Photographer's Note

Nonius horse
The Nonius, or Nóniusz, is a horse breed named after its Anglo-Norman foundation sire. The breed was developed at the Imperial Stud at Mezőhegyes, Hungary by careful linebreeding. Originally bred to serve as a light draft and utility horse for Hungary's military, the breed became a useful agricultural horse during the 20th century. Today the breed is bred by preservationists and is used in agriculture, leisure riding, and competitive driving sports. The largest numbers of Nonius horses are still found at Mezőhegyes, with representatives in other eastern European nations as well.

Horse-breeding has been an important facet of Hungarian culture since its settlement, due largely to its geographic location and open plains. The Ottoman Conquest, beginning in 1526, saw an influx of eastern, desert-type horses traditionally described as "oriental." These Arabian and Turkish horses were elegant and reactive, and left their mark on the stock of Hungarian horses.[1] Even after the Ottoman occupation of Hungary ended in 1699, the attachment between Hungary and the Arabian horse remained. During the 18th century, the Hungarian court and aristocracy began to follow the tastes of their western neighbors for Iberian types. The Spanish and Neapolitan imports of the time sparked the creation of the Lipizzaner and Kladruber. These Austrian breeds are known for the features of their Spanish-Neapolitan ancestors: thick, high-set neck, elegant but heavy head, short back and agility.[1] Demand for suitable mounts for the courtiers and aristocrats outstripped the production by private breeders, and so during his reign Joseph II instructed the building of a number of state Stud farms.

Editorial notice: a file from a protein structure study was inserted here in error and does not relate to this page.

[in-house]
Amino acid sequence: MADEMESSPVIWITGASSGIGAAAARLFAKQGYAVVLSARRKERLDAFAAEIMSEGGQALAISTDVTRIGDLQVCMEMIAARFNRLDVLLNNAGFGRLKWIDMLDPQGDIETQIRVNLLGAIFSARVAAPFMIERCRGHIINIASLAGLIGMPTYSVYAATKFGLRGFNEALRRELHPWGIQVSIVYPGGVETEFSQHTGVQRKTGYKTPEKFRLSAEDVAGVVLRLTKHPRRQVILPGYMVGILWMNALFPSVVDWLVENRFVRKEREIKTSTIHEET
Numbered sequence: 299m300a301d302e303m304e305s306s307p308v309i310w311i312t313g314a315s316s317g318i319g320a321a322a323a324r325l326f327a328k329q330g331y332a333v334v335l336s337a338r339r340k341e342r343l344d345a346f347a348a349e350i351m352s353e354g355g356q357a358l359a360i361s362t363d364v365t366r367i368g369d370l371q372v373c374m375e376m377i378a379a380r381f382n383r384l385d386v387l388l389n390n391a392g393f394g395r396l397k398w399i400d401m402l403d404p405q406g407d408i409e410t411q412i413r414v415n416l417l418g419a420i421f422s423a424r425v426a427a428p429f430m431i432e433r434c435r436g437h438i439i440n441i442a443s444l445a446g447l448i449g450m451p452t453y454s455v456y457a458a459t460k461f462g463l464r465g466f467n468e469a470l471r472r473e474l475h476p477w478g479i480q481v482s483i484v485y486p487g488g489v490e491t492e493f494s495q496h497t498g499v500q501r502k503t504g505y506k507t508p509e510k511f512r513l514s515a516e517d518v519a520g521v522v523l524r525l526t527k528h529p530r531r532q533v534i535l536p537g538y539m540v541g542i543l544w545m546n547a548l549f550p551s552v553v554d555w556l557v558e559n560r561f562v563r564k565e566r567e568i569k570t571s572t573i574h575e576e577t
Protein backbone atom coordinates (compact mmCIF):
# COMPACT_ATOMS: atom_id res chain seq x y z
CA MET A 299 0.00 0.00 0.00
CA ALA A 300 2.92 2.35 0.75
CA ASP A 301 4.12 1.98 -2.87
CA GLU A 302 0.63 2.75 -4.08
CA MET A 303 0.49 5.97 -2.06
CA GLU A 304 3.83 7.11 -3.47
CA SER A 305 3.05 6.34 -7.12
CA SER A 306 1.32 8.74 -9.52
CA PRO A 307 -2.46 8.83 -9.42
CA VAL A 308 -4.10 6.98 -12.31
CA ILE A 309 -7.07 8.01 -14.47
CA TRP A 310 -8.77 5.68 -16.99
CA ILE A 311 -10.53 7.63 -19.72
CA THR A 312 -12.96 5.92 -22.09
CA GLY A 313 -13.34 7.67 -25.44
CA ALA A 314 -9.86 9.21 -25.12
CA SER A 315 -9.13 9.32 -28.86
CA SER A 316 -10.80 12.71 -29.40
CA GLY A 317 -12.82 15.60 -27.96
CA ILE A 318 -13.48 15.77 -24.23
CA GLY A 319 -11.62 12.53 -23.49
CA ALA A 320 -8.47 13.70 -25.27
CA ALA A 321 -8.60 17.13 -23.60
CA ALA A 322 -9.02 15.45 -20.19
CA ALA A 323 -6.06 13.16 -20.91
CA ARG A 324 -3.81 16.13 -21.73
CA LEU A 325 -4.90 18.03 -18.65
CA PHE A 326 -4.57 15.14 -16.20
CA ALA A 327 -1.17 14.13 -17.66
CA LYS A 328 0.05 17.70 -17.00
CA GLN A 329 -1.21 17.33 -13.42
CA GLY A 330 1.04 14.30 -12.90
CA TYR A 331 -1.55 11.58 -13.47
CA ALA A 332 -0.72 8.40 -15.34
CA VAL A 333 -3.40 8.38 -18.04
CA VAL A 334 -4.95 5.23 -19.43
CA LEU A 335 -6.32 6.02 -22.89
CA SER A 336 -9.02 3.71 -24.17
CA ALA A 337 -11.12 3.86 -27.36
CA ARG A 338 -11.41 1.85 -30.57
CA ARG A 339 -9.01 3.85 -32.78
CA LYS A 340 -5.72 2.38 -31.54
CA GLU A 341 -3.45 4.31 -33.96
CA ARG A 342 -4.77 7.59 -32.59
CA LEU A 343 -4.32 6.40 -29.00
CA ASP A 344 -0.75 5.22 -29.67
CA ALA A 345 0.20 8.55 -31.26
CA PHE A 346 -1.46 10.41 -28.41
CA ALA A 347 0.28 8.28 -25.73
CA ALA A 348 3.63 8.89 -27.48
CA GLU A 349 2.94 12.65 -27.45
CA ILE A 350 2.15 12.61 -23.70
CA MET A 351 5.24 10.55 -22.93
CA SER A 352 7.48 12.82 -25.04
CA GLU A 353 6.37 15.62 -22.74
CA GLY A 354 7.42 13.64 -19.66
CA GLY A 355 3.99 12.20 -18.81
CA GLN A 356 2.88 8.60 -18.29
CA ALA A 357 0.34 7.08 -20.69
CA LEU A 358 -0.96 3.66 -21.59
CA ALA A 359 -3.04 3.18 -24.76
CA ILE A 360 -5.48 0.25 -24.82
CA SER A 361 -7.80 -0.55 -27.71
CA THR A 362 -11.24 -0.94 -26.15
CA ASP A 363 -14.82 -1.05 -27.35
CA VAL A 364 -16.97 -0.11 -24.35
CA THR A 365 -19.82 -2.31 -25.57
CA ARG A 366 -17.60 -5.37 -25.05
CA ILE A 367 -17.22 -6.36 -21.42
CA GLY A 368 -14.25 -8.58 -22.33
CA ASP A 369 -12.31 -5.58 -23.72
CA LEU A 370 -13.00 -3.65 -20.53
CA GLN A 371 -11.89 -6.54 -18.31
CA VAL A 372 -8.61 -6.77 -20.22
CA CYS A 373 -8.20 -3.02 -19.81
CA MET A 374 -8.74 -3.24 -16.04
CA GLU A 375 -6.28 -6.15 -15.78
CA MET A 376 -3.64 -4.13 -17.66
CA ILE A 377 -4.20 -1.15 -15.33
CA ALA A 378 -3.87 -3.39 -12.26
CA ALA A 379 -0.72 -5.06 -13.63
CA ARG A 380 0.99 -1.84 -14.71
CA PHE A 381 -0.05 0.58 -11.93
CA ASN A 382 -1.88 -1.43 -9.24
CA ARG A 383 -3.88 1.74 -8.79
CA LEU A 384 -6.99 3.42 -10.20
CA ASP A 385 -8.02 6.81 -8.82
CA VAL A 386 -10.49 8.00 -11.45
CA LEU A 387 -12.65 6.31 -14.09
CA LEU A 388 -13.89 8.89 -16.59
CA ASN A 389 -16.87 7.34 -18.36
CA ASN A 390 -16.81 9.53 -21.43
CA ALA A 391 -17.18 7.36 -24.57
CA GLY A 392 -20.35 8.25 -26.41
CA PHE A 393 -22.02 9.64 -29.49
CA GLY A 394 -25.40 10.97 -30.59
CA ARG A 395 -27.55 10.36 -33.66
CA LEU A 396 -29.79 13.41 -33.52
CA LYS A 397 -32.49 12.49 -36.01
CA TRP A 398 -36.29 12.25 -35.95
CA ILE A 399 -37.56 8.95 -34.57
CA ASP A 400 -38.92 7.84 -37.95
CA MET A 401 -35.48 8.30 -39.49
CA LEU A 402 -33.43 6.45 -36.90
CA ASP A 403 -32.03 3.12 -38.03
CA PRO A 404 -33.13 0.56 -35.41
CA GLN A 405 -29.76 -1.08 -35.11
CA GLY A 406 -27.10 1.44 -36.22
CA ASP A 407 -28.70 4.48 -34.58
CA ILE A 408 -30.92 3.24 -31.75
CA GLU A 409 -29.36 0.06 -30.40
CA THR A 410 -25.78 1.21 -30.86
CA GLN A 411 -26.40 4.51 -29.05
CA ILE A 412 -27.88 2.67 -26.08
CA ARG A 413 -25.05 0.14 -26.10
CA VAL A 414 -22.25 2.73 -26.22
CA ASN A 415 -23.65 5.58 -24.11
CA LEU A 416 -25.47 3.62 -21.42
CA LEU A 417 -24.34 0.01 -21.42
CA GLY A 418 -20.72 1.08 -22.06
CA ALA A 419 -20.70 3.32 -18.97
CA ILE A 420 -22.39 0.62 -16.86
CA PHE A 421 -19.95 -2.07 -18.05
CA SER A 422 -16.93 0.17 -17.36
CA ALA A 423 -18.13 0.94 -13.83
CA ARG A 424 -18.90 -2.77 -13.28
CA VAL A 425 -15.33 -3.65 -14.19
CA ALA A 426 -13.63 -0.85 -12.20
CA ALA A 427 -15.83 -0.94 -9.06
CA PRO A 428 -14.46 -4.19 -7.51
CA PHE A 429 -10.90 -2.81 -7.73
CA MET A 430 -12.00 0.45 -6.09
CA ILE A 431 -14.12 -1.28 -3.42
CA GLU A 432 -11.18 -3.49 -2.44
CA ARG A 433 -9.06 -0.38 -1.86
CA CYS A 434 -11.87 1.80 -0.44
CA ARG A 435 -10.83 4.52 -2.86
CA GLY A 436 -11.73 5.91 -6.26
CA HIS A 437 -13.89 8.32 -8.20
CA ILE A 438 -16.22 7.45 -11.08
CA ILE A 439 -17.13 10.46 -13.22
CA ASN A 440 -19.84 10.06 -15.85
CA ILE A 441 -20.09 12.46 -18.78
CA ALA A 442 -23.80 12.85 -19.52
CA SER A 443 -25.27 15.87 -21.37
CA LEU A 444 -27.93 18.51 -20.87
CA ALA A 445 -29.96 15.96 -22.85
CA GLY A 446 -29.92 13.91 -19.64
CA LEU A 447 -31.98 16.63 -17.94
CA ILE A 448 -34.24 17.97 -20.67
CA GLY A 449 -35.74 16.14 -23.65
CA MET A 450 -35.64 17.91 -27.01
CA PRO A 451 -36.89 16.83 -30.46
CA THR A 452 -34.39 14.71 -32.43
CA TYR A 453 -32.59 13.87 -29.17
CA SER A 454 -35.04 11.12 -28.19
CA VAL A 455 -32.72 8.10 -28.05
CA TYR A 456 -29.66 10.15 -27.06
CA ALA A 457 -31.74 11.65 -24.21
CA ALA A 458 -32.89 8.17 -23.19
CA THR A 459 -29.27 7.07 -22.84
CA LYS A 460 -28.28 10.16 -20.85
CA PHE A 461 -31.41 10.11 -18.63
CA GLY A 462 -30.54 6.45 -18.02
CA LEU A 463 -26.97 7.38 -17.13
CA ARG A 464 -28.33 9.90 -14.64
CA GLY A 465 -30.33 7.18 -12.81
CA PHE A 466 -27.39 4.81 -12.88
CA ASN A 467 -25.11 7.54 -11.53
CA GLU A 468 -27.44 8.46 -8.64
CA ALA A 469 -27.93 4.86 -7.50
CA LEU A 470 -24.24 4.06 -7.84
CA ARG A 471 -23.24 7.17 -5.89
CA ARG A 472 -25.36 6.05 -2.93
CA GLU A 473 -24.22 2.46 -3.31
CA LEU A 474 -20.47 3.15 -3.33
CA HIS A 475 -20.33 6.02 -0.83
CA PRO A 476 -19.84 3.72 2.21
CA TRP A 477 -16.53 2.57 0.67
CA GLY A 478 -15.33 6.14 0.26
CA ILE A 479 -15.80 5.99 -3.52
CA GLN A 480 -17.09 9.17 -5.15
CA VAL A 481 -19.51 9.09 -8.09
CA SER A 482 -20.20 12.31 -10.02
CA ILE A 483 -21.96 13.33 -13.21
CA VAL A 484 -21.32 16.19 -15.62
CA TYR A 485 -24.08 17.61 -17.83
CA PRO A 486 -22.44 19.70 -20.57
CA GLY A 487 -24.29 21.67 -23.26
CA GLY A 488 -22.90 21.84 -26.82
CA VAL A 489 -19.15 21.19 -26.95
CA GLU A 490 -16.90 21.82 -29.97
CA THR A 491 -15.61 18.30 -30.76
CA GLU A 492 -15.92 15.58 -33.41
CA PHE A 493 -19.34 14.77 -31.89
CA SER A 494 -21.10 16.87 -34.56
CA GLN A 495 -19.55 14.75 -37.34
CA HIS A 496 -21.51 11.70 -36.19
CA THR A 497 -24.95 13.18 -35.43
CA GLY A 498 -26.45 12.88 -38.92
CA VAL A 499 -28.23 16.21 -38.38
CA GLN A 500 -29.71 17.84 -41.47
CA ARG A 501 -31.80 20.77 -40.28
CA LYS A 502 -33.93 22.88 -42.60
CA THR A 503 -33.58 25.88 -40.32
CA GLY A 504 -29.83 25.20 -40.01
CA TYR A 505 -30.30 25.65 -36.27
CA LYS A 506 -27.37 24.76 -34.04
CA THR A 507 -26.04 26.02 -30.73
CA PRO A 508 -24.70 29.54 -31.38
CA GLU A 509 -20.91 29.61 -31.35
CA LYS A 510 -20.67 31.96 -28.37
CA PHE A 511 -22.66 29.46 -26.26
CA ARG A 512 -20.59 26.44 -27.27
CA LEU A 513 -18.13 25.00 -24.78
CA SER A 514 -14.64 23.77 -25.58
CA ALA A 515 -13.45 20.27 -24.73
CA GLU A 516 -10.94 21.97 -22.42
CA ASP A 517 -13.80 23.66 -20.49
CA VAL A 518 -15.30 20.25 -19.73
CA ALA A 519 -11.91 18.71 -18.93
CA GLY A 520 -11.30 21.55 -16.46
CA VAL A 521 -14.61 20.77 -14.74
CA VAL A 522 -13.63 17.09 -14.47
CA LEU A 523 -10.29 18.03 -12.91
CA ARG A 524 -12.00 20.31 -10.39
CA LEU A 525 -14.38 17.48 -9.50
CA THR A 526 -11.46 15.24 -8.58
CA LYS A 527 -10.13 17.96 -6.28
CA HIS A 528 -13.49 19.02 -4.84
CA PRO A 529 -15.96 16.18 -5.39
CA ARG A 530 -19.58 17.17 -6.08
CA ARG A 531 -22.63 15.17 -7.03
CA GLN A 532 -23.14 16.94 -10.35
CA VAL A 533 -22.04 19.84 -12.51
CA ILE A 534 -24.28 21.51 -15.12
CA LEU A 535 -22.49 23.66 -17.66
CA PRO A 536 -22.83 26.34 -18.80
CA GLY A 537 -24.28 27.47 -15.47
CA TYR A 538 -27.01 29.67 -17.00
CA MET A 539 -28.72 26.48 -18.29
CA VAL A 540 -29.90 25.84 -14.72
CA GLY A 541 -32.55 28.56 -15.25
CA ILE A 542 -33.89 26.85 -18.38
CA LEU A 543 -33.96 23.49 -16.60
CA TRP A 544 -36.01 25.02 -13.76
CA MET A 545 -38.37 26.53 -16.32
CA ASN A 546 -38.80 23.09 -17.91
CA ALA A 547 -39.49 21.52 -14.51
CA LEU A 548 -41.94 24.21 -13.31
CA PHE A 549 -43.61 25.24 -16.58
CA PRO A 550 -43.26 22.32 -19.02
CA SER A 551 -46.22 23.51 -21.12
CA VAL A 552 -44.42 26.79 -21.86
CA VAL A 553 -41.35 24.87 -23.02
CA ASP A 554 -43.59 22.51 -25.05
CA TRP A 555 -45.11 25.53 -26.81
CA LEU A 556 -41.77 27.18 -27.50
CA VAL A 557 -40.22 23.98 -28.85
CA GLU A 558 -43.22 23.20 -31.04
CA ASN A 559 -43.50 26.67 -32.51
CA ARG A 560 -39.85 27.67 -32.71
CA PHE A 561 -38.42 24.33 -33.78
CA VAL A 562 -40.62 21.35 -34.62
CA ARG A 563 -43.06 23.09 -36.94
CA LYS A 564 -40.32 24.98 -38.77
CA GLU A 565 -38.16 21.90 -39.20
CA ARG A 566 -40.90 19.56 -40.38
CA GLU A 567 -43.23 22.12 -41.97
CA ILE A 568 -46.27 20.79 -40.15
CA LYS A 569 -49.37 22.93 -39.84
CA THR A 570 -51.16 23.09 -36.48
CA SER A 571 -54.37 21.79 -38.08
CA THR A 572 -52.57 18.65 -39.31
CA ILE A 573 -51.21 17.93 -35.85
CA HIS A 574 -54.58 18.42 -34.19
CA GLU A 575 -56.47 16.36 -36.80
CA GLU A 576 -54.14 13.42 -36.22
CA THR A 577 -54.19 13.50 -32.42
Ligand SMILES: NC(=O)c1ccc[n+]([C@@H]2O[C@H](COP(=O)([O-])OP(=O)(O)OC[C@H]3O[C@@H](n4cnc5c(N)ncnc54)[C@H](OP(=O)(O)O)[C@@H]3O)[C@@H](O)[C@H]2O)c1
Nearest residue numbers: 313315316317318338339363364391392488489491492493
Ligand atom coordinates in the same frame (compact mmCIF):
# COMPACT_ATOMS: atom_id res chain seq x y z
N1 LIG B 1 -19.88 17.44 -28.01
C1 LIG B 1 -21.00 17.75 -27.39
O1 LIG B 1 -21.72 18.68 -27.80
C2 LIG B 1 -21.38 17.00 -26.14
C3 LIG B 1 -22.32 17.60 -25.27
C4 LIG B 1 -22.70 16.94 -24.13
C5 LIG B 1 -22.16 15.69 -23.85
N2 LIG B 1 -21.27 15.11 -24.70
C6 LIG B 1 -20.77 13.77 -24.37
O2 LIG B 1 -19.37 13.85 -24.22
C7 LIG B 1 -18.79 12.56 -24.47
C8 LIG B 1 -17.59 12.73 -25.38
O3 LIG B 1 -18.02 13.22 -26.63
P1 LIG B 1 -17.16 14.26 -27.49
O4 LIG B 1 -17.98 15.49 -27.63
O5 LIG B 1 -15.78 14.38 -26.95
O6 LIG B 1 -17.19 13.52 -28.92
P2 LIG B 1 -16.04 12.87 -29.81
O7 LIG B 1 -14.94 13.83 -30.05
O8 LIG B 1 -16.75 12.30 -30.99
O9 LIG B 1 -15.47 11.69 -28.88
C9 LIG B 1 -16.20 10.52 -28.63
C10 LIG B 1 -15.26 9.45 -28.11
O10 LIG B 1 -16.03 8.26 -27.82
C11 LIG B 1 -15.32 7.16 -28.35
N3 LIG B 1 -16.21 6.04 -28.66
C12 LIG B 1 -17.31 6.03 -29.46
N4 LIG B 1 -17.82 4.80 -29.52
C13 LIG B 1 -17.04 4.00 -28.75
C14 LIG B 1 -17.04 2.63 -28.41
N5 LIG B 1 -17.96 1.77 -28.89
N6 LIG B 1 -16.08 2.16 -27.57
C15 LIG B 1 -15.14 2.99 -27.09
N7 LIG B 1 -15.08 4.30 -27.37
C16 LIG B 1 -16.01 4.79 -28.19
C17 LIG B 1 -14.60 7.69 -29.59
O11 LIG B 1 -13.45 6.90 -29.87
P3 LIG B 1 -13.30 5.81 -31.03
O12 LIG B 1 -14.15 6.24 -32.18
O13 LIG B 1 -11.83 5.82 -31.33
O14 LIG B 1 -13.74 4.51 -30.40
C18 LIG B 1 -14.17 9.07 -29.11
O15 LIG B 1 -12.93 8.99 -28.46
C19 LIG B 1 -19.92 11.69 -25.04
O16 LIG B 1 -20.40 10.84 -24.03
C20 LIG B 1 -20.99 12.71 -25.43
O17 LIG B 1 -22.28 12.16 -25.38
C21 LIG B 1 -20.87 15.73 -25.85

Mezohegyes State Stud of the Imperial Court
The State Stud of the Hungarian Royal and Imperial Court, Mezohegyes, was founded in 1784 to help meet the demand for horses.At the time, Hungary was home to 1.5 million horses, with the Hungarian cavalry requiring between 10,000 and 15,000 new mounts per year.Different horses fulfilled different roles: courtiers and aristocrats wanted agile, responsive, impressive riding horses for their military endeavors, resilient mounts for hunting on horseback, in addition to elegant carriage horses. Fulfilling these demands led Mezohegyes to develop several different breeds and strains: the Arab-influenced Gidrán, half-bred Furioso-North Star, and the heavier Nonius.

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Additional Photos by Csaba Witz (csabagaba) Gold Star Critiquer/Gold Star Workshop Editor/Gold Note Writer [C: 617 W: 172 N: 1499] (7018)
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